Thursday, July 30, 2009
WALKING IN MY NEW PAIR OF SHOES - Part 5
An Odyssey of Changing My Mind
In the four previous posts, I have written about attitudes, beliefs, health, wealth and now I am moving into a new aspect of changing life so that I am not stressed out. Yes, we are living in stressful times for those who invite stress into their lives. I have learned through many trials and tribulations that when I use the tools I am sharing in these 5-article blog posts that knowledge is power. Knowledge and application of tools can turn the tide in any circumstance. I am not a teacher. I am only one who has used these tools and am willing to share. If you can find a better way, then I honor you.
One of my greatest challenges has been judgment. It is a daily practice. There is an old biblical quote: Do not judge another lest you be judged. I recently read a blog regarding judging another. The author of this blog article wrote that he use to have a judgment against people who have eating disorders. He writes that he now has cancer of the esophagus. One could call this a boomerang effect.
Now, I view situations and people as an observer – although once-in-awhile judgment inches in. I am learning to have compassion for others and my definition of compassion is: to have awareness of another and not judge it to be either good or bad. In this lifetime, it is part of their journey. I am also viewing others with empathy, which is the capacity of understanding another's situation, feelings and motives. As I have written previously, I have been a student of a great teacher named Ramtha for over 20 years and I have been taught how the brain works, frequencies, quantum physics, the biology of emotions and much, much more.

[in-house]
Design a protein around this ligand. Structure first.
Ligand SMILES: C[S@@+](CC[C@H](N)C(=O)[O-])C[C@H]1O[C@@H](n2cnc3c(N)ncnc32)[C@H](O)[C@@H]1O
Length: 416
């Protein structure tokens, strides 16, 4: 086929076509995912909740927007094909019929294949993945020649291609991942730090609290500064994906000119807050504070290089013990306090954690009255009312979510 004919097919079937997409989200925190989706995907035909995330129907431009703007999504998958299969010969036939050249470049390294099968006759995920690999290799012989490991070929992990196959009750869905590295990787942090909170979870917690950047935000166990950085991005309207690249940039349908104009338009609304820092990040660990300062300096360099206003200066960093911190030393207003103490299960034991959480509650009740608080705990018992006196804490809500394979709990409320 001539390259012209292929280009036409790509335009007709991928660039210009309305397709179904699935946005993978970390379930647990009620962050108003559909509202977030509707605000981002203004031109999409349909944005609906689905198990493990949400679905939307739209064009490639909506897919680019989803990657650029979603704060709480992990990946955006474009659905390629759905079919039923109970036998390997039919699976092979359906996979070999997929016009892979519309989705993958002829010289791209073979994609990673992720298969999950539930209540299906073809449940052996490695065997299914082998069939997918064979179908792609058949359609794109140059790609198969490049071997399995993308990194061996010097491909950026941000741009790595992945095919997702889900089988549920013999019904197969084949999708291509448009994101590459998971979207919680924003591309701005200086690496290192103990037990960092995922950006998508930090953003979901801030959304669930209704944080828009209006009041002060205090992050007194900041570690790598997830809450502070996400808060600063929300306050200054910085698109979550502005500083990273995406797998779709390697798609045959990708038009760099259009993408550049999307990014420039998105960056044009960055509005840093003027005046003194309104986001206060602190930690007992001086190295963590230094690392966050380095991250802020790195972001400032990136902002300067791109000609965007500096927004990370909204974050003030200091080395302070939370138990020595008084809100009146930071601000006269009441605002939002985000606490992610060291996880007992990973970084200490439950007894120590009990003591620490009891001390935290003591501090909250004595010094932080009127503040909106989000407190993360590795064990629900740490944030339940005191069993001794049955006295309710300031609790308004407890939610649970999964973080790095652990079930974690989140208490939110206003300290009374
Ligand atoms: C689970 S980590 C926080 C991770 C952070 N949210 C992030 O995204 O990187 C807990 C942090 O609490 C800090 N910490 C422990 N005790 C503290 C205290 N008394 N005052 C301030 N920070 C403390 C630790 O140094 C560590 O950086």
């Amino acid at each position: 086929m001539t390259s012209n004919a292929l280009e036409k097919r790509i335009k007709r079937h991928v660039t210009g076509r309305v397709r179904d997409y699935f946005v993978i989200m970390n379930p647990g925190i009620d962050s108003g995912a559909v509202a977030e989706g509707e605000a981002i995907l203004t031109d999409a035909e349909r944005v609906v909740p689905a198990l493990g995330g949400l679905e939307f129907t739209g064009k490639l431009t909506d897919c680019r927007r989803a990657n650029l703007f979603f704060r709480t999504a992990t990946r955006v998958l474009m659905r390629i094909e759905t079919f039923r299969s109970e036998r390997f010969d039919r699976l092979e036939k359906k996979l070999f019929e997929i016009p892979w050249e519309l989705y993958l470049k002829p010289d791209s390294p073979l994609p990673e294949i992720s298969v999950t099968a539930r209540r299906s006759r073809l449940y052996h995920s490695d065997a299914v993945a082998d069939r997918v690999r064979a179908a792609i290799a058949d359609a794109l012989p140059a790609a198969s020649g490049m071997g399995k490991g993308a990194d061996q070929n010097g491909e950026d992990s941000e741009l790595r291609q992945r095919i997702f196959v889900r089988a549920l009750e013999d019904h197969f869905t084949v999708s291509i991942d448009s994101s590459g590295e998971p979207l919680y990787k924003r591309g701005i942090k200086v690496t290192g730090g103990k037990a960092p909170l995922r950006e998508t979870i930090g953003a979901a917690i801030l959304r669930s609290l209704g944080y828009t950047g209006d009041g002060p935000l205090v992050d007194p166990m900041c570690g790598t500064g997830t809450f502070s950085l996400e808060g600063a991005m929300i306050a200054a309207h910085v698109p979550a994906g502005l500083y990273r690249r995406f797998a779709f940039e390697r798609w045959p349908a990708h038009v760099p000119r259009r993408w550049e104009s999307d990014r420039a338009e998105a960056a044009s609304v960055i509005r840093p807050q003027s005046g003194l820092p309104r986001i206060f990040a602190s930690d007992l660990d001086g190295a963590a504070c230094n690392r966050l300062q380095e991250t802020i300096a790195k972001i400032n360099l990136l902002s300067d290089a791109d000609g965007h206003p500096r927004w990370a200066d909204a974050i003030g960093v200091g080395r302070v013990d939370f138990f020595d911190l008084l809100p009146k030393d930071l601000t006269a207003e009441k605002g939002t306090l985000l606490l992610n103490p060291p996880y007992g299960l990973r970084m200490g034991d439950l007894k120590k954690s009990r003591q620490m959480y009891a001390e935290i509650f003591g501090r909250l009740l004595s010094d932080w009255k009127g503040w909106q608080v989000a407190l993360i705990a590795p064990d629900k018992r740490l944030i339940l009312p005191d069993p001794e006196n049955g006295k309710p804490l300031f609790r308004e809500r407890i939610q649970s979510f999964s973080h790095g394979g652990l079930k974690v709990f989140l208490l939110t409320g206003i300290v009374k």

The above does not mean that I do not help others. I use discernment and know when to help and when not to help. I have learned the hard way that to help some people cripples them and they do not learn the lesson presented to them. I have learned to offer help only when it resonates within me. I mentally stand back and assess the situation. Help and kindness are two different actions.
Kindness to others, whether it be a smile or an act is an antidote for judgment. Perhaps you remember some years back when random acts of kindness became popular. Professor Chuck Wall in 1993 was wondering what assignment he could give his class at Bakersfield College in California. Wall had 18 students ranging in age from 18 to 65. As he was pondering this, his radio was on and he heard "…a random act of violence." He immediately changes the word 'violence' into 'kindness' and he knew he had the class assignment. Wall entered the classroom and told his students to take out pen and paper and he gave them an assignment to do one random act of kindness and write about it. They were to bring their paper to class and share. The results were phenomenal. Thus, Random Acts of Kindness began. It is now a non-profit organization. By the way, Chuck Wall is blind.
Perhaps if we applied Random Acts of Kindness daily, then we would have fewer judgments and find that our lives change in the most miraculous ways. A smile goes a long way along with a 'thank you.'
"As a single footstep will not make a path on the earth, so a single thought will not make a pathway in the mind. To make a deep physical path, we walk again and again. To make a deep mental path, we must think over and over the kind of thoughts we wish to dominate our lives." Henry David Thoreau